Key policy and programmatic factors to improve influenza vaccination rates based on the experience from four high-performing countries

George Kassianos MD, Ashis Banerjee MD, Florence Baron-Papillon MD, Alan W Hampson MD, Janet E McElhaney MD, Allison McGeer MD, Thierry Rigoine de Fougerolles MSc, Mitch Rothholz MD, Holly Seale MD, Litjen J Tan MD, Angus Thomson PhD, Olivier Vitoux MSc


Background: Many countries consistently fail to achieve the target influenza vaccine coverage rate (VCR) of 75% for populations at risk of complications, recommended by the World Health Organization and European Council. We aimed to identify factors for achieving a high VCR in the scope of four benchmark countries with high influenza VCRs: Australia, Canada, UK and USA.

Methods: Publicly available evidence was first reviewed at a global level and then for each of the four countries. Semistructured interviews were then conducted with stakeholders meeting predefined criteria. Descriptive cluster analyses were performed to identify key factors and pillars for establishing and maintaining high VCRs.

Results: No single factor led to a high VCR, and each benchmark country used a different combination of tailored approaches to achieve a high vaccine coverage. In each country, specific triggers were important to stimulate changes that led to improved vaccine coverage. A total of 42 key factors for a successful influenza vaccination programme were identified and clustered into five pillars: (1) Health Authority accountability and strengths of the influenza programme, (2) facilitated access to vaccination, (3) healthcare professional accountability and engagement, (4) awareness of the burden and severity of disease and (5) belief in influenza vaccination benefit. Each benchmark country has implemented multiple factors from each pillar.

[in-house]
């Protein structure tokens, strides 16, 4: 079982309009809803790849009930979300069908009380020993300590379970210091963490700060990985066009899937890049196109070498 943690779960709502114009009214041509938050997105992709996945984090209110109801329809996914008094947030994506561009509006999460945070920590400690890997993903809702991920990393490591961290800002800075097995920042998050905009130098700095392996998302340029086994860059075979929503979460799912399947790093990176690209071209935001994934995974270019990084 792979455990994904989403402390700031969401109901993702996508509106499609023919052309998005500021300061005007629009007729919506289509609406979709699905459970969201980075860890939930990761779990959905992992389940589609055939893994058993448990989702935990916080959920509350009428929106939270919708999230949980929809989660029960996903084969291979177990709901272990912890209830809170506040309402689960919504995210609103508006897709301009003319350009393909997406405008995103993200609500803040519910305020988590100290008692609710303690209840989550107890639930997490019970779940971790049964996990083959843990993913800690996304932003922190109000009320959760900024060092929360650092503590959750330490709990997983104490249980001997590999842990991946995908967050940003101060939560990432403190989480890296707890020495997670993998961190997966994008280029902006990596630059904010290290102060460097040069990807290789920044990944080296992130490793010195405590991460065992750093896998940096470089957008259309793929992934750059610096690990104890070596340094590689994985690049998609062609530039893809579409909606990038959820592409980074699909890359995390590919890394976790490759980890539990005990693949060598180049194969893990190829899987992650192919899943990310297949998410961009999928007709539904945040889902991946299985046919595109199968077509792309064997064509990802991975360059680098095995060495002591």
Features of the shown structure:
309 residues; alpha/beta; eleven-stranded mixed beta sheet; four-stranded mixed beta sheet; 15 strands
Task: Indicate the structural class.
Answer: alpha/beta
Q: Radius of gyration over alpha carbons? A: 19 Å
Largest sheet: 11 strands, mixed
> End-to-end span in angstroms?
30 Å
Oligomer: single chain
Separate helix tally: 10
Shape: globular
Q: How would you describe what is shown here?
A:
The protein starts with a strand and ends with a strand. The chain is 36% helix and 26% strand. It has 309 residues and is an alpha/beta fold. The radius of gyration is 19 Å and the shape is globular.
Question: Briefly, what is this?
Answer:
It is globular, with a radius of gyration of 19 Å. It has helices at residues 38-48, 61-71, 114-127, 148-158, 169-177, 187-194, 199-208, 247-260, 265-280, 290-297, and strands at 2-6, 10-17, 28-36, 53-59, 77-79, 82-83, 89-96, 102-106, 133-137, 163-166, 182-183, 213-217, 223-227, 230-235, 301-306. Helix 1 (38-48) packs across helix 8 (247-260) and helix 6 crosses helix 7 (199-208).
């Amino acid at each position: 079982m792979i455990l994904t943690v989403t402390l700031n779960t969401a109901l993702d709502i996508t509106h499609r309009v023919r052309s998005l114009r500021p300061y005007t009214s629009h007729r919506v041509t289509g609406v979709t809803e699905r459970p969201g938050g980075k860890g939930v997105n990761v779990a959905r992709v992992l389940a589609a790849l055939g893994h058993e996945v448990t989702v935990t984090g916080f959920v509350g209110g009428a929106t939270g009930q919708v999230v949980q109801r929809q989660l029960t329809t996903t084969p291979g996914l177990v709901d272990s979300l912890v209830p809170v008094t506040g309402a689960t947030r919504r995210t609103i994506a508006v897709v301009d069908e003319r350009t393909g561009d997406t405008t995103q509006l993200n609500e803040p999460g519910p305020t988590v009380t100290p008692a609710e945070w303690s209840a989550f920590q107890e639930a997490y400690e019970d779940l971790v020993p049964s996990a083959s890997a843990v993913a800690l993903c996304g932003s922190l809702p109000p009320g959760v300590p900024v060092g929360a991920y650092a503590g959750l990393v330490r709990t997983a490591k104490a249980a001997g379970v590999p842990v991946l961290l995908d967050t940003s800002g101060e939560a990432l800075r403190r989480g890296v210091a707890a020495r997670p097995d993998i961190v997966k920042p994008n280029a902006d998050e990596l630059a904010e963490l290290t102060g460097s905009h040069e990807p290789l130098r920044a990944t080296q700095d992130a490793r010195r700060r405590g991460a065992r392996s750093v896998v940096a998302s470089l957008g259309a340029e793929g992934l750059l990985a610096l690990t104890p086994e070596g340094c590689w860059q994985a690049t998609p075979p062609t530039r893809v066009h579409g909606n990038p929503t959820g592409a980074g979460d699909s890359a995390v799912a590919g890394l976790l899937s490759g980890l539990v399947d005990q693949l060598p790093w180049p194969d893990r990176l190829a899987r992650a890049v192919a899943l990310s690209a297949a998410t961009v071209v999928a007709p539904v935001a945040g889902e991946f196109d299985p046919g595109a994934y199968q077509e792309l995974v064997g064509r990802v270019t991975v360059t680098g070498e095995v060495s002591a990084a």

Conclusion: A wide range of factors were identified from an evaluation of four high-performing benchmark countries, classified into five pillars, thus providing a basis for countries with lower VCRs to tailor their own particular solutions to improve their influenza VCR.

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Accepted: ; Published: .


Kassianos G, Banerjee A, Baron-Papillon F, Hampson AW, McElhaney JE, McGeer A, Rigoine de Fougerolles T, Rothholz M, Seale H, Tan LJ, Thomson A, Vitoux O. Key policy and programmatic factors to improve influenza vaccination rates based on the experience from four high-performing countries. Drugs in Context 2021; 10: 2020-9-5. DOI: 10.7573/dic.2020-9-5

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